Hyperledger Fabric is an open-source blockchain platform that enables organizations to construct and administer their own distributed ledger systems. It provides the required tools and frameworks for constructing blockchain-based insurance applications with features such as smart contracts, privacy, and authorized access. The strongest feature of Hyperledger Fabric is the execution of smart contracts. ICs can automate policy issuance, claims processing, and premium calculation processes using smart contracts. Moreover, Hyperledger Fabric enables the construction of private channels in which only a select group of participants can access the shared data. This enables ICs to share sensitive information, such as policy details and claims data, with relevant parties in a secure manner while maintaining data privacy and confidentiality. Finally, Hyperledger Fabric supports pluggable consensus mechanisms, enabling ICs to select the most appropriate consensus algorithm for their particular requirements in cases such as policy revisions, claim settlements, and other crucial network decisions.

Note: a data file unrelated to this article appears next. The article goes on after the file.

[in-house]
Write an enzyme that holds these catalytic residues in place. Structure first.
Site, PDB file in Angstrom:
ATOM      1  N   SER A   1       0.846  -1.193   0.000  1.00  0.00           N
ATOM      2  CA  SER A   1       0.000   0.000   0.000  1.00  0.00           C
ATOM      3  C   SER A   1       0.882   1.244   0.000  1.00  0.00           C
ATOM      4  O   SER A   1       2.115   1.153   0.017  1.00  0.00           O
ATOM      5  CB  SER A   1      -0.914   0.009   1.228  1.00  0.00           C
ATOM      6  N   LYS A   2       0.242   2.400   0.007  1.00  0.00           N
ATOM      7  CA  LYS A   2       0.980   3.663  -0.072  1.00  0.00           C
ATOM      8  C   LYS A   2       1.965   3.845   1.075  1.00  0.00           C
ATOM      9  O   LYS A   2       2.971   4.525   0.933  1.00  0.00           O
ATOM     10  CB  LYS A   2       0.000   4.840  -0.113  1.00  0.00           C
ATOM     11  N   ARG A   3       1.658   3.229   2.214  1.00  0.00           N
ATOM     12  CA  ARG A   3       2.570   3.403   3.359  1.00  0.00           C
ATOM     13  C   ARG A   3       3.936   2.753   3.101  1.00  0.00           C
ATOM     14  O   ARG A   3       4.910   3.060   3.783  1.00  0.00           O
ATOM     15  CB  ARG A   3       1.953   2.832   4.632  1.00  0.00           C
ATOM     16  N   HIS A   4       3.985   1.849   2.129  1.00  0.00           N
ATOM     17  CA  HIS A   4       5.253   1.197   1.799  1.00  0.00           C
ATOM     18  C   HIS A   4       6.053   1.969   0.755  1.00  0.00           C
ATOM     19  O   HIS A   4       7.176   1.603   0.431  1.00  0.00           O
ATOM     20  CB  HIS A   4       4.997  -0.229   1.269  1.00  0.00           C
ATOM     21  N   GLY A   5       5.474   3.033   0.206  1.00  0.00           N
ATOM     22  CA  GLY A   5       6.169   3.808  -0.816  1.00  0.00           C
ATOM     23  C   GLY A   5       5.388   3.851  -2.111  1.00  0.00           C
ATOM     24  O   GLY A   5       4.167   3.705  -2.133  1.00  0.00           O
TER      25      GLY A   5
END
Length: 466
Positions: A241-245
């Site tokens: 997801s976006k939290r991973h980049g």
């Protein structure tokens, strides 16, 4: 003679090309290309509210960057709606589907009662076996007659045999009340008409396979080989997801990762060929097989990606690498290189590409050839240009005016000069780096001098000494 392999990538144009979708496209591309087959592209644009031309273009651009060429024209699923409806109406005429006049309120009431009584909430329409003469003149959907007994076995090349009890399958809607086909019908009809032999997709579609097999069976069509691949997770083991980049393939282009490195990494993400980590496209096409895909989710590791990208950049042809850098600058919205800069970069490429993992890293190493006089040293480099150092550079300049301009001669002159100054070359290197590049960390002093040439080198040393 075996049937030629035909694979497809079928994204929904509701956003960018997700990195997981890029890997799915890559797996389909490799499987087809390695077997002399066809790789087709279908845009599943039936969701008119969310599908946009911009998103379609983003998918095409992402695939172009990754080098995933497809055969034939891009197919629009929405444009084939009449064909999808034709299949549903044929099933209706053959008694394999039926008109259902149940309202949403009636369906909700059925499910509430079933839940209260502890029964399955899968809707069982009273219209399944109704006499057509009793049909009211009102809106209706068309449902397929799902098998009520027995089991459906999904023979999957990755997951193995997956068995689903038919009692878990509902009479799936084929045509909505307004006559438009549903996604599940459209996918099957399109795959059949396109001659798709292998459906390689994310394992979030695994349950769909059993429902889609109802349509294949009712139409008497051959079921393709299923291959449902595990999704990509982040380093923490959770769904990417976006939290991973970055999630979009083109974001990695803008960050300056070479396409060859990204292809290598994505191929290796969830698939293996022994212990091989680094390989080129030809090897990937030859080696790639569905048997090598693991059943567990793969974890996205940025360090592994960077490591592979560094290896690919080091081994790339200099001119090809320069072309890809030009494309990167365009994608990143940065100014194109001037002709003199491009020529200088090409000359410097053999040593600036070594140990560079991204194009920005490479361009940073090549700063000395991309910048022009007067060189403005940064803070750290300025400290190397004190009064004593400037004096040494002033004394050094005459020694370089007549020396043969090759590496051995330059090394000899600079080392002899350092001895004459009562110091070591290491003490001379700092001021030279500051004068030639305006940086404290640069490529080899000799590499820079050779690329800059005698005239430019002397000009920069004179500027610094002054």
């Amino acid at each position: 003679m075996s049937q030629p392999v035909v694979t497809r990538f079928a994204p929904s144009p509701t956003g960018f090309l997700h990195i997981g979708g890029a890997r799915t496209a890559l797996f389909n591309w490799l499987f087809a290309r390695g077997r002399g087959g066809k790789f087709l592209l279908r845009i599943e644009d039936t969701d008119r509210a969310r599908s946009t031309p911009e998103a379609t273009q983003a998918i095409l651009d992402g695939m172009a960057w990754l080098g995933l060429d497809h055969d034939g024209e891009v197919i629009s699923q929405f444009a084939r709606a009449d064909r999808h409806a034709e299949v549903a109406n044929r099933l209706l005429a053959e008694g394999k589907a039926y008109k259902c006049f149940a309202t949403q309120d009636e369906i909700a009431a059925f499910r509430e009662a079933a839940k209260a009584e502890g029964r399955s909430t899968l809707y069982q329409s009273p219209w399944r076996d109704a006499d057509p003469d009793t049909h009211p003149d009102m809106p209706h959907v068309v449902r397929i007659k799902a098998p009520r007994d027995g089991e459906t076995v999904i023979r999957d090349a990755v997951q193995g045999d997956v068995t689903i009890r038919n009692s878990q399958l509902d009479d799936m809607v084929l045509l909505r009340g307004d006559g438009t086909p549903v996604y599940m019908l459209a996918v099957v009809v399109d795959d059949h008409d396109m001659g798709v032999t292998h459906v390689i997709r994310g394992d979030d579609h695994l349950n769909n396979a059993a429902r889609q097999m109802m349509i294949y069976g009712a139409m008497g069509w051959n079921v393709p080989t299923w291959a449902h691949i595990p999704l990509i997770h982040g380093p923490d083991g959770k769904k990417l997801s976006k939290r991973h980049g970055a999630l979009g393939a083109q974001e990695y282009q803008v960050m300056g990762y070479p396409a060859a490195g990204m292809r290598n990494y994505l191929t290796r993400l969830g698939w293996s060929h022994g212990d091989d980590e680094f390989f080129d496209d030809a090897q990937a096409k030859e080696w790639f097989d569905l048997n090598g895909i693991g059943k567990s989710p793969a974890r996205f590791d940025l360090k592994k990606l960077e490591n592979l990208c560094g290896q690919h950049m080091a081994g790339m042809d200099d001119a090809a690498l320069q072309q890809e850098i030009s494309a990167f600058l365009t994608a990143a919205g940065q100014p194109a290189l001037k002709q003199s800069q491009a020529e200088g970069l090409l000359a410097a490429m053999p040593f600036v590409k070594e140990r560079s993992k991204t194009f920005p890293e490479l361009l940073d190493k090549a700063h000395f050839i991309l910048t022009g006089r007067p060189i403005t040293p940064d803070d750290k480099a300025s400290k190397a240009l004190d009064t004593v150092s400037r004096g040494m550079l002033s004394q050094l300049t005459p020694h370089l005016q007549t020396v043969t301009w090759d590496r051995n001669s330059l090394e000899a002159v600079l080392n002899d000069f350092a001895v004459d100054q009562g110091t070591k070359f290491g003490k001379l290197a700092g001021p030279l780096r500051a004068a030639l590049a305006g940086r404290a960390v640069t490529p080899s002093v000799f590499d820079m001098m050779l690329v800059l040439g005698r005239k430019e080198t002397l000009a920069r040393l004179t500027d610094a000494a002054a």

Ethereum is a decentralized, open-source blockchain infrastructure that allows the creation of smart contracts and decentralized applications (DApps). On the Ethereum platform, numerous insurance-related DApps have been developed, offering solutions for areas such as parametric insurance, claims processing, and peer-to-peer insurance. The most crucial feature of Ethereum that can be utilized for cyber insurance purposes is its support for smart contracts. Cyber insurance policies can be implemented on the Ethereum blockchain as smart contracts. Smart contracts automate policy issuance, premium calculation, claims processing, and payout calculations based on predetermined cyber insurance requirements, reducing documentation and administrative costs. Moreover, Ethereum can support asset tokenization, representing a fraction of ownership in the underlying asset. More particularly, a series of token standards have developed to support asset tokenization of Ethereum (i.e., ERC-20, ERC-721, ERC-777, ERC-1155, ERC-4626) [81]. Another unique concept of Ethereum is gas consumption, which refers to the quantity of computational work required to execute a transaction or smart contract. Gas is a fee mechanism to prevent spam and fairly allocate network resources. Spammers would have to pay substantial gas fees to submit a high volume of spam transactions. This economic cost renders spamming economically unviable for most attackers, as they would be required to incur expenses without obtaining a significant advantage. Finally, oracles enable Ethereum to integrate with external data sources collecting data from them and providing it to Ethereum smart contracts. A prime example of oracles utilization is that oracles can provide data feeds pertaining to top vulnerabilities, percentages of cyber-attacks, or other pertinent information, enabling parametric cyber insurance and claim settlement procedures.